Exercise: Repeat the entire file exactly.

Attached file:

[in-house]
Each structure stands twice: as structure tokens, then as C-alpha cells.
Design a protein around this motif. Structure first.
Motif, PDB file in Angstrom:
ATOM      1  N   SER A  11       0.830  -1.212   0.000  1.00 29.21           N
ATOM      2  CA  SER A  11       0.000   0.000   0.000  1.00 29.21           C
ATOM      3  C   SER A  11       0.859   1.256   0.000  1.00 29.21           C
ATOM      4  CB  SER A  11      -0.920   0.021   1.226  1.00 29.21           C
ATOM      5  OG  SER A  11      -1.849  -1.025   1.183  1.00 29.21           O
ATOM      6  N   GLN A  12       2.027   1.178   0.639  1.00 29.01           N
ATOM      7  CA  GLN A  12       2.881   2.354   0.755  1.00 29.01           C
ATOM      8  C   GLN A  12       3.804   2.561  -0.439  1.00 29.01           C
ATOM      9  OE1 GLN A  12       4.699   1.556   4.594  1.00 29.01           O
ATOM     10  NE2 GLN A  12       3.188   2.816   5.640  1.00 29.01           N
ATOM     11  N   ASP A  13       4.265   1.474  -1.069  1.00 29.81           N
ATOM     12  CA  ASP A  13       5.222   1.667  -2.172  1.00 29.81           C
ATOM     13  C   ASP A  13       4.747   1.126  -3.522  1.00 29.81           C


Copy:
[in-house]
Each structure stands twice: as structure tokens, then as C-alpha cells.
Design a protein around this motif. Structure first.
Motif, PDB file in Angstrom:
ATOM      1  N   SER A  11       0.830  -1.212   0.000  1.00 29.21           N
ATOM      2  CA  SER A  11       0.000   0.000   0.000  1.00 29.21           C
ATOM      3  C   SER A  11       0.859   1.256   0.000  1.00 29.21           C
ATOM      4  CB  SER A  11      -0.920   0.021   1.226  1.00 29.21           C
ATOM      5  OG  SER A  11      -1.849  -1.025   1.183  1.00 29.21           O
ATOM      6  N   GLN A  12       2.027   1.178   0.639  1.00 29.01           N
ATOM      7  CA  GLN A  12       2.881   2.354   0.755  1.00 29.01           C
ATOM      8  C   GLN A  12       3.804   2.561  -0.439  1.00 29.01           C
ATOM      9  OE1 GLN A  12       4.699   1.556   4.594  1.00 29.01           O
ATOM     10  NE2 GLN A  12       3.188   2.816   5.640  1.00 29.01           N
ATOM     11  N   ASP A  13       4.265   1.474  -1.069  1.00 29.81           N
ATOM     12  CA  ASP A  13       5.222   1.667  -2.172  1.00 29.81           C
ATOM     13  C   ASP A  13       4.747   1.126  -3.522  1.00 29.81           C